Prevalence of the metabolic syndrome in secondary school adolescents in Beijing, China
Article first published online: 19 FEB 2008
©2008 The Author(s)/Journal Compilation ©2008 Foundation Acta Pædiatrica/Acta Pædiatrica
Volume 97, Issue 3, pages 348–353, March 2008
How to Cite
Yi-Qun, X. and Cheng-Ye, J. (2008), Prevalence of the metabolic syndrome in secondary school adolescents in Beijing, China. Acta Paediatrica, 97: 348–353. doi: 10.1111/j.1651-2227.2008.00665.x
- Issue published online: 19 FEB 2008
- Article first published online: 19 FEB 2008
- Received 10 July 2007; revised 1 October 2007; accepted 23 November 2007.
- Cardiovascular risk factors;
- Metabolic syndrome;
Aim: To estimate the prevalence and distribution of the metabolic syndrome and to determine the risk factors associated with the metabolic syndrome in secondary school adolescents.
Methods: In 2006, we conducted a school-based survey in Beijing, China. Questionnaire data, anthropometric, blood pressure, and biochemical measurements were available for 2020 adolescents aged 14–16 years. The metabolic syndrome was assessed using the National Cholesterol Education Program's (NCEP) Adult Treatment Panel (ATP) criteria modified for age.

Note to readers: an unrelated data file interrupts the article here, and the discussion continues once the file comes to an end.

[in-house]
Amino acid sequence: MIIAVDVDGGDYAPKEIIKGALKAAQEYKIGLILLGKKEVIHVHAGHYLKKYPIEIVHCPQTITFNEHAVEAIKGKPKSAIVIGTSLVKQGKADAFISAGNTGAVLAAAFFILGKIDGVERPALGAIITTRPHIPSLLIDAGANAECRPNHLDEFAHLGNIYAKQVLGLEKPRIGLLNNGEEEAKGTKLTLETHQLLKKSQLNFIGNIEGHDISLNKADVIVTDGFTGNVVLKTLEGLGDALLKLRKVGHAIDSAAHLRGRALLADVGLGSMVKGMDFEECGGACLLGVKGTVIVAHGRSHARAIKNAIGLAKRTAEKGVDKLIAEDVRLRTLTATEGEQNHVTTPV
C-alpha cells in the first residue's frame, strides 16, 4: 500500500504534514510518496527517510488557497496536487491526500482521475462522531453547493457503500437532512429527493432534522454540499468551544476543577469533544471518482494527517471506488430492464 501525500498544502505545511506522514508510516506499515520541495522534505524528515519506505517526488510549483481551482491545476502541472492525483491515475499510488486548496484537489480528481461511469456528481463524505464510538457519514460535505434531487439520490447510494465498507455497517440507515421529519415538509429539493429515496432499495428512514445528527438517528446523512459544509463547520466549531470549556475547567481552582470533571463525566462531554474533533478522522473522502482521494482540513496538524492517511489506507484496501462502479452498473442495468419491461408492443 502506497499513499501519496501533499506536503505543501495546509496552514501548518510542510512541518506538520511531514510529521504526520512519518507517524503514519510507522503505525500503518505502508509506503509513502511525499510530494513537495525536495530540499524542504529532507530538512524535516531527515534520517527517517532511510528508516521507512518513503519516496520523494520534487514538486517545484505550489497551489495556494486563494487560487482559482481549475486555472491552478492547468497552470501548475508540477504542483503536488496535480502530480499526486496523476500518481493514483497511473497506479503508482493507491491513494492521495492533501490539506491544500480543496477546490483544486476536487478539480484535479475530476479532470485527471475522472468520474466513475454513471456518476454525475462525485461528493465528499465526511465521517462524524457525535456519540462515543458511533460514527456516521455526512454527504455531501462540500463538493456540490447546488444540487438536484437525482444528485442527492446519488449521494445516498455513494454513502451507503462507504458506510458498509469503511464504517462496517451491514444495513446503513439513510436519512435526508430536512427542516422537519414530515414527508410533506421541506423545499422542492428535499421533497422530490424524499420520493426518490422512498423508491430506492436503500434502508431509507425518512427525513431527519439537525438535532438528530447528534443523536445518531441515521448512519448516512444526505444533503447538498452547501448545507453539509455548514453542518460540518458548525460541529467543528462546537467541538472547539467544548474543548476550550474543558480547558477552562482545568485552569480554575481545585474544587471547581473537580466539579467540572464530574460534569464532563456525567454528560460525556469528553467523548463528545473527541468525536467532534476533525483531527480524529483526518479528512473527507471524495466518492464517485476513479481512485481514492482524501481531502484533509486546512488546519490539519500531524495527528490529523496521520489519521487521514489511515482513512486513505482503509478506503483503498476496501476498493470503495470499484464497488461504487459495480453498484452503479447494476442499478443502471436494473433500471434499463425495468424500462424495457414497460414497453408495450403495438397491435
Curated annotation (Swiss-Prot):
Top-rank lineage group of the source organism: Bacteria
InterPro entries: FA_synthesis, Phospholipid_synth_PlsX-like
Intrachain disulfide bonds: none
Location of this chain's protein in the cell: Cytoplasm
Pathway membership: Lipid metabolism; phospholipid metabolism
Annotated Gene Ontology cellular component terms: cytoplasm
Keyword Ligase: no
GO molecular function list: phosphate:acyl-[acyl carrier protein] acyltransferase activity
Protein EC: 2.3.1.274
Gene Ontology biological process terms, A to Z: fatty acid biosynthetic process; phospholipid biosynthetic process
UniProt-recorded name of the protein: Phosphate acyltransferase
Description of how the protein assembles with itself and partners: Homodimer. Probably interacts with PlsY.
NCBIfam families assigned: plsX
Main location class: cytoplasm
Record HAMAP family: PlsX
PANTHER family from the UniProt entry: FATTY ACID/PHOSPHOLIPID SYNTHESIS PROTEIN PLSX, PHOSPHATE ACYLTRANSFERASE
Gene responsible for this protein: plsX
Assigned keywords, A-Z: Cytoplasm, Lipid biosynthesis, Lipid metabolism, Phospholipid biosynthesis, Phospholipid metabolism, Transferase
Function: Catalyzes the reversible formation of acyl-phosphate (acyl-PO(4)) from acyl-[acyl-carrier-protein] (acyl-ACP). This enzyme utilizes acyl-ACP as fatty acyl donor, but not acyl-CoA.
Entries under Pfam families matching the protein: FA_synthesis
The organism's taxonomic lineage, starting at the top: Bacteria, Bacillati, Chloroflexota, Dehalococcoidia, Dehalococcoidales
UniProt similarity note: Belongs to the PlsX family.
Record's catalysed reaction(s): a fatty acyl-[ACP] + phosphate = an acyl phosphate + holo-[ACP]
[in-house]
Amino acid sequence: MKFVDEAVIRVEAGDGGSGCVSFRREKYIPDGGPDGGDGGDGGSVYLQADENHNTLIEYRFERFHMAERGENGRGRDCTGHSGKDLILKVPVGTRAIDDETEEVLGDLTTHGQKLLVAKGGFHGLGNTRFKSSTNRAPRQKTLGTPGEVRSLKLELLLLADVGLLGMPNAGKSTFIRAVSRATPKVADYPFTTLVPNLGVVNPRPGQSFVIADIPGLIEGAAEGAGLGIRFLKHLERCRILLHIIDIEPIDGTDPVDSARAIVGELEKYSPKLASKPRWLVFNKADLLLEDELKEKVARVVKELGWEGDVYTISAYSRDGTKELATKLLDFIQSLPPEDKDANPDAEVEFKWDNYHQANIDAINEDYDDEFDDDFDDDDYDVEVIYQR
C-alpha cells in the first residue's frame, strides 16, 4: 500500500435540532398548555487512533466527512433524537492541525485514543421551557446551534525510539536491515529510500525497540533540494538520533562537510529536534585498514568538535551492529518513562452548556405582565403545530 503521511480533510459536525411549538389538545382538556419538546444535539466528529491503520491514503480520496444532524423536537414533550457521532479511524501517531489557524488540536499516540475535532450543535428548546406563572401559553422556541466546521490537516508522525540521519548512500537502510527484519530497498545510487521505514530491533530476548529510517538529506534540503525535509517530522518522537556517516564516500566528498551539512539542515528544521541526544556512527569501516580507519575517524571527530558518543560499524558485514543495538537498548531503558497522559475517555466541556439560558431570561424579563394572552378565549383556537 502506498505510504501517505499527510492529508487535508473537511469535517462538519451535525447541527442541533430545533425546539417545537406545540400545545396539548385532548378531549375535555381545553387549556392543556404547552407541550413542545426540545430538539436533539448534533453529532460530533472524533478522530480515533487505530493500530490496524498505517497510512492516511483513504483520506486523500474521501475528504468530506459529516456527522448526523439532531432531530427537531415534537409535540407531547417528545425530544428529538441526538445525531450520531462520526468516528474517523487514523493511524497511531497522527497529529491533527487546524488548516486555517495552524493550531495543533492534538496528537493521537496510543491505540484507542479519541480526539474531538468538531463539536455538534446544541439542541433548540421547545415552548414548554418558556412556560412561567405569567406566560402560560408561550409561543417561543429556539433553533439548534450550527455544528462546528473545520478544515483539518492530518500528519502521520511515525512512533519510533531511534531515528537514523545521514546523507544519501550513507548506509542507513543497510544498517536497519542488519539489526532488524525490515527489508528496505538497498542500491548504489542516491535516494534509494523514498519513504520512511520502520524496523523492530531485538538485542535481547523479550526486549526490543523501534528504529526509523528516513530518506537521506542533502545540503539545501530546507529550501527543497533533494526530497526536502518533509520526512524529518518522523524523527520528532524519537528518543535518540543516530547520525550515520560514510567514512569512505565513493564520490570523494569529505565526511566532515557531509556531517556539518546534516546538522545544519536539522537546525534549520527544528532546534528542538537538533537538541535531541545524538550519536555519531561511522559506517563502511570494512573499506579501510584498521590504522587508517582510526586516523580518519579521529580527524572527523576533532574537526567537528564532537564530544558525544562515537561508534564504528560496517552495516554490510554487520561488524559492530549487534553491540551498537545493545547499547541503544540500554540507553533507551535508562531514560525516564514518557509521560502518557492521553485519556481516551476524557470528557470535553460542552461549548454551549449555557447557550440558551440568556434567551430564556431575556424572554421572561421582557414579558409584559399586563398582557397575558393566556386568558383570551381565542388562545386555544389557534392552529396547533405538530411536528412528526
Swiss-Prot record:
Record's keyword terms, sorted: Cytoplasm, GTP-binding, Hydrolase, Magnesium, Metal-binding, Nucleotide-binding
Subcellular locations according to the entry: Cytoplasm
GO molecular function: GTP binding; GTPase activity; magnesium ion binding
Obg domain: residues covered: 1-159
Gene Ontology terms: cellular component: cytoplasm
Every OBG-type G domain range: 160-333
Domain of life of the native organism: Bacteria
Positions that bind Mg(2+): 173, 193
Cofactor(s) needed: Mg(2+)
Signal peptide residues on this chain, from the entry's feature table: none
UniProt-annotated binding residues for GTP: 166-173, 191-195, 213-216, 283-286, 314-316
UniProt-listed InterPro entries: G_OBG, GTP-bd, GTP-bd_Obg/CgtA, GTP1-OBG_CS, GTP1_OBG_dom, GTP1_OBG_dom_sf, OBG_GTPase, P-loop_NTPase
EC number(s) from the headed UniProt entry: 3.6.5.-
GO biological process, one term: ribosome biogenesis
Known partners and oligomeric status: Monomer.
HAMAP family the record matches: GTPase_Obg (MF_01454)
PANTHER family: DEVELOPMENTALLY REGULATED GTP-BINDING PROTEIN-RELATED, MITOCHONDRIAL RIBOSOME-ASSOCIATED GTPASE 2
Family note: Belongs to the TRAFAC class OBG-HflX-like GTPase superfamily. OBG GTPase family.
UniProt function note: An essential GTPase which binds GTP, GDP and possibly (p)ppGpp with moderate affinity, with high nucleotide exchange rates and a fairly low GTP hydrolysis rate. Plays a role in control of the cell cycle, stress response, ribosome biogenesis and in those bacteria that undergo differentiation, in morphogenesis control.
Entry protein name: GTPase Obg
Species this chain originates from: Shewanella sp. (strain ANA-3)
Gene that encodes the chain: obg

Results: The overall prevalence of the metabolic syndrome among adolescents was 3.3%. In Beijing, 4.2% of boys and 2.5% of girls were affected (p < 0.05). The syndrome was present in 28.1% of obese adolescents compared with 6.0% of overweight and 0.2% of normal status (p < 0.001). Abdominal obesity and elevated blood pressure were the most common components of the metabolic syndrome in boys, and elevated triglyceride (TG) and abdominal obesity were the most common in girls. The prevalence of the metabolic syndrome was influenced by body mass index (BMI) status, father's educational degree and pubertal development.
Conclusion: The metabolic syndrome and its components are frequent in overweight and obese adolescents in Beijing. Early identification and treatment of these risk factors may help target intervention to improve future cardiovascular health.